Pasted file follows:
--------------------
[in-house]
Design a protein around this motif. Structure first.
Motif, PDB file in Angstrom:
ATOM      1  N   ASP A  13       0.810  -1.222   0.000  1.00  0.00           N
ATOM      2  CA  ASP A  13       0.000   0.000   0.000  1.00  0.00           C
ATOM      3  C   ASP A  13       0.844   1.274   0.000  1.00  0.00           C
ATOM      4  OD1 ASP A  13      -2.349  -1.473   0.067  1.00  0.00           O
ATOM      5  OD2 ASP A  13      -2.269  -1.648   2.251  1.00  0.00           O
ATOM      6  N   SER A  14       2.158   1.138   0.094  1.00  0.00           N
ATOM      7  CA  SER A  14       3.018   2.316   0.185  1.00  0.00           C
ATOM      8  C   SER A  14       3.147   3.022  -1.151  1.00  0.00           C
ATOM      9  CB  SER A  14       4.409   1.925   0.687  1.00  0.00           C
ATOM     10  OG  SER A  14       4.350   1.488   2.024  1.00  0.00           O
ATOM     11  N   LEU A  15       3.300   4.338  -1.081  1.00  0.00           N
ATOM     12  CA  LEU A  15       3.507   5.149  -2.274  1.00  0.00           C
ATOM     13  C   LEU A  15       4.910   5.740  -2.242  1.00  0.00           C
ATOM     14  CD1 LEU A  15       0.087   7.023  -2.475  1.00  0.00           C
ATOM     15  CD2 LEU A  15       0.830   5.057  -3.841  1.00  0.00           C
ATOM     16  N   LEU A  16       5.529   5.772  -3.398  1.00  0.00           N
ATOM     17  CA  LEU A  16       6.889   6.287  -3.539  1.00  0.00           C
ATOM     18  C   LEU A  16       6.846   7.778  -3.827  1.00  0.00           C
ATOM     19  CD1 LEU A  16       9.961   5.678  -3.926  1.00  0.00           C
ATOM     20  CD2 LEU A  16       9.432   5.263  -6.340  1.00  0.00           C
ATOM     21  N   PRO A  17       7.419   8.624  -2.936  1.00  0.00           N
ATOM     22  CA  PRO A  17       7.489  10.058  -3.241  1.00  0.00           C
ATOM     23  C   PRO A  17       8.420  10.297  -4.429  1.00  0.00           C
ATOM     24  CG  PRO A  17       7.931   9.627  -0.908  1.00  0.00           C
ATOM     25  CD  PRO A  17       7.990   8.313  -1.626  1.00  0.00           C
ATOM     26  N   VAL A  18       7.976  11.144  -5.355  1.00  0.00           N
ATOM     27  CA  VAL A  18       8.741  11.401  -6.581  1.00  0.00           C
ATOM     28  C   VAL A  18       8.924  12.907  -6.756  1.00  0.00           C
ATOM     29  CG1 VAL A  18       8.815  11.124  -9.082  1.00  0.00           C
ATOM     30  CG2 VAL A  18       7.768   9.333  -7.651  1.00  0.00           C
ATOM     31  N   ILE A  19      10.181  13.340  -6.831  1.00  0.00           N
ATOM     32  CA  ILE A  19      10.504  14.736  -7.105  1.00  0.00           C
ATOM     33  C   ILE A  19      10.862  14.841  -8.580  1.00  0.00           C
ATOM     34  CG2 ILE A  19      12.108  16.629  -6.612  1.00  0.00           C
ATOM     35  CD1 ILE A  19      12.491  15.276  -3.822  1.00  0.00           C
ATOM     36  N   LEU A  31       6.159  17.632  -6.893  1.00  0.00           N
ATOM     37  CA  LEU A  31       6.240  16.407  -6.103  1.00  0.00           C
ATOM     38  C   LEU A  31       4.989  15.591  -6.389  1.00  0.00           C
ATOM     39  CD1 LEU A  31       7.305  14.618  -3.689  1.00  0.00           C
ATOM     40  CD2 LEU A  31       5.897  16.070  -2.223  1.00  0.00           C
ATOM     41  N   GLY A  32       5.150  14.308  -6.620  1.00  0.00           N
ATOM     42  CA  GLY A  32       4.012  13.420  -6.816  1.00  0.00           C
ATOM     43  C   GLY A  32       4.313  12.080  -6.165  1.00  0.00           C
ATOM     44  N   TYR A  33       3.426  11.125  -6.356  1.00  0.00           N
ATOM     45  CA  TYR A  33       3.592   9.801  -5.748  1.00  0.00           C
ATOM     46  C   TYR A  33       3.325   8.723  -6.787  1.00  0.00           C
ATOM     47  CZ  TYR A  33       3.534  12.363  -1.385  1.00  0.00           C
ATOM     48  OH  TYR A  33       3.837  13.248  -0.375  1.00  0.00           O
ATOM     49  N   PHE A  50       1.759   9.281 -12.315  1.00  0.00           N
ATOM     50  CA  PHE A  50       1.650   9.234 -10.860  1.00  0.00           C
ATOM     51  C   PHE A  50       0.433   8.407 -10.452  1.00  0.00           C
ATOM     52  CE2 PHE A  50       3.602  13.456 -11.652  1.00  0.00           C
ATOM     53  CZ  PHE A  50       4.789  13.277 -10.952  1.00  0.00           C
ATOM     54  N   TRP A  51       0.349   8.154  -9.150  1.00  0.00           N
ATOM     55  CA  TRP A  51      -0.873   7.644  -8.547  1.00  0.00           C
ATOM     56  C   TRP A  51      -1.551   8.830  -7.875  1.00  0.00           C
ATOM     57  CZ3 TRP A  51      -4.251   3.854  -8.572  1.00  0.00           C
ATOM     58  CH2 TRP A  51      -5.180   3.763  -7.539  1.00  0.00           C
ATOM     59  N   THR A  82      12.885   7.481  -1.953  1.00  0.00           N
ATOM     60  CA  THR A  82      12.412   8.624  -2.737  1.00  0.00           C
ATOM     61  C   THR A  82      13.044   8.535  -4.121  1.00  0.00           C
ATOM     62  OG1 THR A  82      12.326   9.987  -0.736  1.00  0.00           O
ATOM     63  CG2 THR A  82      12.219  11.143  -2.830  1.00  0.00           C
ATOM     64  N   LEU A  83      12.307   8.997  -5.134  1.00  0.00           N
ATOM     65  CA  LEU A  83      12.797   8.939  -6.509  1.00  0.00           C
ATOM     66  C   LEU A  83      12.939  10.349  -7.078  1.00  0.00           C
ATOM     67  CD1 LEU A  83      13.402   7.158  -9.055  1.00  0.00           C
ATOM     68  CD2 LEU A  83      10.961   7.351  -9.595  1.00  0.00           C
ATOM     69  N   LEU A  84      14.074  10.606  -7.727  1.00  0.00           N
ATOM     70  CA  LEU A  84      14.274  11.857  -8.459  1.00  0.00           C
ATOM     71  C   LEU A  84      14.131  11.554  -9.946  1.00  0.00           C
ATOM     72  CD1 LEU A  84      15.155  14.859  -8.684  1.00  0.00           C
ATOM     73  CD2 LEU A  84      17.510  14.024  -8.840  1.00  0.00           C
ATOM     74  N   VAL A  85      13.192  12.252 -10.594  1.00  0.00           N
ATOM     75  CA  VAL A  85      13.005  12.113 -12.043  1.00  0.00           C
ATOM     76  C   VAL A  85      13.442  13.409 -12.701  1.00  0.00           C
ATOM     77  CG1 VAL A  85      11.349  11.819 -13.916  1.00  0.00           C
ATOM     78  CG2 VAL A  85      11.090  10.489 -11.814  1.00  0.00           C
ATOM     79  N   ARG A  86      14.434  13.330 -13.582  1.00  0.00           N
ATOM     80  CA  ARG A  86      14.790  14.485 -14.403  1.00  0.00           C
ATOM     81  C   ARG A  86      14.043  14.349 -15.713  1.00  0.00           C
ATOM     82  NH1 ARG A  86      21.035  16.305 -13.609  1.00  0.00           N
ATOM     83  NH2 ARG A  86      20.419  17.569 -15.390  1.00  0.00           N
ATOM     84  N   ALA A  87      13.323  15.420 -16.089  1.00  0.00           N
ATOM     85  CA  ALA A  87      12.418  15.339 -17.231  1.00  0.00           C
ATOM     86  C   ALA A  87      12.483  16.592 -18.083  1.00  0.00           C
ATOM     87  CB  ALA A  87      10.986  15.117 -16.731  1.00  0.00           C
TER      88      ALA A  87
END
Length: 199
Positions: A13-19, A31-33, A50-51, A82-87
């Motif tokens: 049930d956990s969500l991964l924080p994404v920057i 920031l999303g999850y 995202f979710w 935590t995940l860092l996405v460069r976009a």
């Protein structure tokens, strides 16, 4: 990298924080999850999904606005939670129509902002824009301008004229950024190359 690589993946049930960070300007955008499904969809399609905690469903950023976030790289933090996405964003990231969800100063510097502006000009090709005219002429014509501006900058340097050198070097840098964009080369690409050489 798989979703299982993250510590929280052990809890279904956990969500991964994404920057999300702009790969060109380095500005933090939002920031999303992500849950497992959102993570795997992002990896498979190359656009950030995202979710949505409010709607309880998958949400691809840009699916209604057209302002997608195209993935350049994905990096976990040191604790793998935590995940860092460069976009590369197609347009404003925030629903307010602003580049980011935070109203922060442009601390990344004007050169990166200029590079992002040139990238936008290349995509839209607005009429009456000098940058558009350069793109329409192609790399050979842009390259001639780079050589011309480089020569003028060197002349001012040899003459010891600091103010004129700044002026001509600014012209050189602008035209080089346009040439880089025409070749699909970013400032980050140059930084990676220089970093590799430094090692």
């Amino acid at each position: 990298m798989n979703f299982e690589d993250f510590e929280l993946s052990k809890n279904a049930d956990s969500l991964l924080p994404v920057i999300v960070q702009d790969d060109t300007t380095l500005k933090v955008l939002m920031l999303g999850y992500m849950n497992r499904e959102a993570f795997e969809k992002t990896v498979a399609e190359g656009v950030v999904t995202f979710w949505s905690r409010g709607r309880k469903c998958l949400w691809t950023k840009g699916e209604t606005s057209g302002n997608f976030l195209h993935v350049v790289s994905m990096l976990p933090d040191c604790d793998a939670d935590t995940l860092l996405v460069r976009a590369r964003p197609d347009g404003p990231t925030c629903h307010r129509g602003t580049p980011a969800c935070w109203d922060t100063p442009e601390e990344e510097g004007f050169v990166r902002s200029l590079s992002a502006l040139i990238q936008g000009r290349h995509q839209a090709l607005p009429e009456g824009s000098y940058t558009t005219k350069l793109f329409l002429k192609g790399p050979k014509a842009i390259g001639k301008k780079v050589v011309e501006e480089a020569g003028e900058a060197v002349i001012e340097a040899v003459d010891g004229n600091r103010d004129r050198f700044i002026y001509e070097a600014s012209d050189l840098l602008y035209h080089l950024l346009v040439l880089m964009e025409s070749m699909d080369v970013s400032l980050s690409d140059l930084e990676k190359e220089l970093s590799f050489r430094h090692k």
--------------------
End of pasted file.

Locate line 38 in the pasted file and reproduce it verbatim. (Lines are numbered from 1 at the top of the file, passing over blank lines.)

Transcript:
ATOM     35  CD1 ILE A  19      12.491  15.276  -3.822  1.00  0.00           C